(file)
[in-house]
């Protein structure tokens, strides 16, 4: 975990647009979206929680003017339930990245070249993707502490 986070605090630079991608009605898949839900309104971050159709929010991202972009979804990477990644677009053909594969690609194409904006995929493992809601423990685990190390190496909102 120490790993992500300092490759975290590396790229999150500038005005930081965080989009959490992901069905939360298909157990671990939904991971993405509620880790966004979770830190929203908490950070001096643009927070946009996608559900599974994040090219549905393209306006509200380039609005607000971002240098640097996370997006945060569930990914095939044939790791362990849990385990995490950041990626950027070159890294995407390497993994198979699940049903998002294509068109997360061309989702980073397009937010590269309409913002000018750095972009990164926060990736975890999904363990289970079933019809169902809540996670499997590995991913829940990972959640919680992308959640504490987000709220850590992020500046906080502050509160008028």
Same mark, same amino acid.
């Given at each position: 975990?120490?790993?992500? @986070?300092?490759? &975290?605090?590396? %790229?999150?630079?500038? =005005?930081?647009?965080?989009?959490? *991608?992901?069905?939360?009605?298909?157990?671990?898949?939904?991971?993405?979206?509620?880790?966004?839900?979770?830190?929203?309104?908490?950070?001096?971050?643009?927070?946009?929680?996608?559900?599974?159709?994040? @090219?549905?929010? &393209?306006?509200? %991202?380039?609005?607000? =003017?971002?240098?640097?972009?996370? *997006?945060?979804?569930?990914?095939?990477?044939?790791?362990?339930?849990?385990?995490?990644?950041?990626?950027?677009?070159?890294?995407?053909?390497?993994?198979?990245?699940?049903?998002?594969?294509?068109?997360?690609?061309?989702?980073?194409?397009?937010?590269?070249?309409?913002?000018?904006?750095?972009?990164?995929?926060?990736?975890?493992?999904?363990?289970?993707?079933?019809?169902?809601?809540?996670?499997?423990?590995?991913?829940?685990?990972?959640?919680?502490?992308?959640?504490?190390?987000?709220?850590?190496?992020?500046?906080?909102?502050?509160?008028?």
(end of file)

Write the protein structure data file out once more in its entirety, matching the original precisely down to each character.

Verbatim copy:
[in-house]
């Protein structure tokens, strides 16, 4: 975990647009979206929680003017339930990245070249993707502490 986070605090630079991608009605898949839900309104971050159709929010991202972009979804990477990644677009053909594969690609194409904006995929493992809601423990685990190390190496909102 120490790993992500300092490759975290590396790229999150500038005005930081965080989009959490992901069905939360298909157990671990939904991971993405509620880790966004979770830190929203908490950070001096643009927070946009996608559900599974994040090219549905393209306006509200380039609005607000971002240098640097996370997006945060569930990914095939044939790791362990849990385990995490950041990626950027070159890294995407390497993994198979699940049903998002294509068109997360061309989702980073397009937010590269309409913002000018750095972009990164926060990736975890999904363990289970079933019809169902809540996670499997590995991913829940990972959640919680992308959640504490987000709220850590992020500046906080502050509160008028």
Same mark, same amino acid.
């Given at each position: 975990?120490?790993?992500? @986070?300092?490759? &975290?605090?590396? %790229?999150?630079?500038? =005005?930081?647009?965080?989009?959490? *991608?992901?069905?939360?009605?298909?157990?671990?898949?939904?991971?993405?979206?509620?880790?966004?839900?979770?830190?929203?309104?908490?950070?001096?971050?643009?927070?946009?929680?996608?559900?599974?159709?994040? @090219?549905?929010? &393209?306006?509200? %991202?380039?609005?607000? =003017?971002?240098?640097?972009?996370? *997006?945060?979804?569930?990914?095939?990477?044939?790791?362990?339930?849990?385990?995490?990644?950041?990626?950027?677009?070159?890294?995407?053909?390497?993994?198979?990245?699940?049903?998002?594969?294509?068109?997360?690609?061309?989702?980073?194409?397009?937010?590269?070249?309409?913002?000018?904006?750095?972009?990164?995929?926060?990736?975890?493992?999904?363990?289970?993707?079933?019809?169902?809601?809540?996670?499997?423990?590995?991913?829940?685990?990972?959640?919680?502490?992308?959640?504490?190390?987000?709220?850590?190496?992020?500046?906080?909102?502050?509160?008028?």